For New Jersey harness racing, it is long past the time that casinos came to the northern part of the state.
by Dave Little
“What took you so long?”
That is the question the entire standardbred industry in the state of New Jersey has been asking since word came Monday that Garden State legislators approved putting a referendum on the November ballot that could bring casino gaming to the Meadowlands or elsewhere in northern New Jersey.
The politicians’ voice was loud and clear: the senate approving the measure by a vote of 34-6 and the Assembly by 54-16. It is highly doubtful the voters will be as high on gaming come November.
A poll done last week by Rutgers University revealed that 49 per cent of those asked opposed extending gambling beyond Atlantic City while 44 per cent supported it.
“The fact is that conditions change, and if you don’t adapt, you become dinosaurs — you become extinct,” Ralph Caputo, Democratic Assemblyman from Essex County, told NorthJersey.com.
For years now, those who work hard to make a living in the harness racing game have seen casino after casino built in Delaware, Maryland, Pennsylvania and New York. So what could New Jersey horsemen do? They had to race much of their stock out of state to compete for purses bloated by the revenues created by the casinos at Dover Downs, Rosecroft Raceway, Mohegan Sun at Pocono Downs, Harrah’s Philadelphia, Saratoga Harness and Yonkers Raceway.
Historically, Atlantic City interests have had their backers in the New Jersey legislature. But in 2014, when one-third of Atlantic City’s 12 casinos shut their doors, it became clear that something had to be done. Fast forward two years and here we are, with the decision in the hands of New Jersey voters.
While the aforementioned poll confirms it will be a tough road ahead for backers of casino gaming, I don’t see why voters would be against it.
Atlantic City casino revenue has fallen by more than 50 per cent since 2006, as competition continues to erode their fan base. The hotels are okay, but the ones that are still operating clearly aren’t what they once were.
How about if you want to bet the horses in AC? Good Luck finding a place that will take your action. The Borgata, the only hotel — in my opinion — that gives a Las Vegas-style experience, has the only race book in town. There was a time when almost every hotel casino had horses.
The Atlantic City interests have had time to adjust to the changing market and proved they were not up to the task. It’s true that eight more casinos are expected to be built in the Northeast in the next three years, but even with that, it’s hard to imagine a casino at the Meadowlands not being wildly successful.
New Jersey’s Bergen County is one of the more affluent in the country. The median household income is $82,105. There is plenty of disposable income with a number like that. If someone is looking for casino action for the night and they live in Paramus, they will not drive two hours-plus to AC. They cross the George Washington Bridge and head for Empire City Casino at Yonkers Raceway, where they also have affluent Westchester County residents beating down the door. If the Meadowlands gets a casino, that Paramus patron heads for the Big M, keeping the money in the Garden State, with a cut of that green going to the harness industry in New Jersey.
What affect has casino gaming had on the Meadowlands vs. Yonkers tale of the tape? A profound one.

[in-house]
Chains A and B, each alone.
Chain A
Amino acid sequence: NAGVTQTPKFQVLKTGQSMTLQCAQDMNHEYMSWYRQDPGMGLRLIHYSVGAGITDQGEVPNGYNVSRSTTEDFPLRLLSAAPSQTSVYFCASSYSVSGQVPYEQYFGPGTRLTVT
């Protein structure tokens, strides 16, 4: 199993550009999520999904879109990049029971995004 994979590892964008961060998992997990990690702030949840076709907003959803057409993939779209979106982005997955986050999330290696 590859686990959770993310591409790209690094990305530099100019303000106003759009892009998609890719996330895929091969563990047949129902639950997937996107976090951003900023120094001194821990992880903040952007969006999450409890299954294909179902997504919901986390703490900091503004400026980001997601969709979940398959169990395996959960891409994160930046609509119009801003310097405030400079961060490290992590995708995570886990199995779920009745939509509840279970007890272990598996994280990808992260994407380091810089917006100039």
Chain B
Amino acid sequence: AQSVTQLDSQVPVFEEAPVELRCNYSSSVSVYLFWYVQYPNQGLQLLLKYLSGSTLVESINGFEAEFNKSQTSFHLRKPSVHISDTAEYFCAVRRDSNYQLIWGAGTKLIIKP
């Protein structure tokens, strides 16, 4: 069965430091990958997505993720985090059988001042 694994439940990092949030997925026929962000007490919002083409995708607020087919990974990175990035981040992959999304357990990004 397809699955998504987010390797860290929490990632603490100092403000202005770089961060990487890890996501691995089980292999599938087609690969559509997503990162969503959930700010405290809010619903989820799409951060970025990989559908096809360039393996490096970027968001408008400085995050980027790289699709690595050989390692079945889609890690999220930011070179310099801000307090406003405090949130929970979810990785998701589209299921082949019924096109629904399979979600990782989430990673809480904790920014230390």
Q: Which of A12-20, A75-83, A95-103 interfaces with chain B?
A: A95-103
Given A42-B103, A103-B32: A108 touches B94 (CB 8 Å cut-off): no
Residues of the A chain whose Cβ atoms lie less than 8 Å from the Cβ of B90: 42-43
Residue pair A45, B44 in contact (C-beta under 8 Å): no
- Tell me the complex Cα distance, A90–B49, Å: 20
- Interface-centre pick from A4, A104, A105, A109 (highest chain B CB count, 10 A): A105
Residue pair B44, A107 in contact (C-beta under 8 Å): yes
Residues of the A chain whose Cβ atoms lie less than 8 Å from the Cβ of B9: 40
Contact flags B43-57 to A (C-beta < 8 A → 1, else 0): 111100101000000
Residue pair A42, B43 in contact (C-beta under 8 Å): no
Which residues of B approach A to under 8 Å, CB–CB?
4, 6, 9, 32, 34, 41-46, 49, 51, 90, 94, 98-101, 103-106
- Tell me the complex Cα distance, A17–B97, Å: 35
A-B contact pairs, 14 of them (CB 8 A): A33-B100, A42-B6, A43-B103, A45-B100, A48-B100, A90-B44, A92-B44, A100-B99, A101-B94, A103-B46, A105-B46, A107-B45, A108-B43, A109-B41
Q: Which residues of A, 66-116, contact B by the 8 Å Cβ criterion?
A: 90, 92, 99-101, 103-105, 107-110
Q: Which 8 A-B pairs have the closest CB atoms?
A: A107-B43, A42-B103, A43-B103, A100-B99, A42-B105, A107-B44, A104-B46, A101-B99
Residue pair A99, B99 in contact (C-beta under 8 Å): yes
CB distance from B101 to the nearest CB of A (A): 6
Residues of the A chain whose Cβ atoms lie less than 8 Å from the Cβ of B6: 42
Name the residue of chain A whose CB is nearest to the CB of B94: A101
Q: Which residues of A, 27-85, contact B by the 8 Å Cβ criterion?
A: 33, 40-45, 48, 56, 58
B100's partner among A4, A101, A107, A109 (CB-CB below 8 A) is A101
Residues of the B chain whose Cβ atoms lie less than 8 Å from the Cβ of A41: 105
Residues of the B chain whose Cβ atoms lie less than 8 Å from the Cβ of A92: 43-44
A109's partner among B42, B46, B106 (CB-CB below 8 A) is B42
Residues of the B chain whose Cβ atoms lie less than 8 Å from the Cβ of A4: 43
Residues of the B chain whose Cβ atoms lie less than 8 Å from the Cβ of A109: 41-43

Handle on Yonkers’ March 12 program was just shy of $700,000. In this generation, not a bad number. Wagering at the Meadowlands on the same date was just over $3 million. Quite a disparity, to be sure.
There was another big disparity: Total purses. Yonkers paid out $212,000 – and they are about to get an increase — while the Big M offered $133,900. If the gaming measure were to pass in November, once the revenue river started flowing down the Berry’s Creek, the Meadowlands would be in a position to be much more competitive from a purse point of view.
Freehold Raceway? For a track that’s been teetering on harness obscurity for some time now, bigger purses would be even more appreciated than they would be at the Big M.
The overall health of New Jersey harness racing would get a huge jolt of positive energy. With bigger purses, the breeding industry – possibly the single most important entity in this entire process – would produce more horses. Why do you think the sire stakes programs in New York and Pennsylvania are so lucrative? Revenue from gaming. Why is the New Jersey Sire Stakes program lagging behind those two border states? Lack of revenue from gaming.
It’s important to keep one fact clear: This is not a handle issue. The Meadowlands is going to be horse-population challenged for the next several months, and even with that, the Big M will out handle the other tracks by a wide margin. In the event the Meadowlands was forced to card 10-race programs with eight horses in every field, they’d likely still bet $2 million, which is far more than their primary foes would.
No, this casino gaming measure is about increasing revenue so that the Big M has a shot at getting the best horses, trainers and drivers to compete at the mile oval, and keep them there. If that happens, more horses will be bred, more blacksmiths will be needed, more hay will be sold and the sport’s lifeline will increase precipitously.
New Jersey’s harness interests will have to get going on this one. They’ll have to spend some serious green in an effort to get voters to come to their aid. Even if the casino gaming measure passes in November, it would likely be 12 months more before the first quarter is dropped into a machine. Atlantic City’s casino interests have had their monopoly for 40 years, and now, things are not going well.
For casino gaming in Northern New Jersey, the time is now.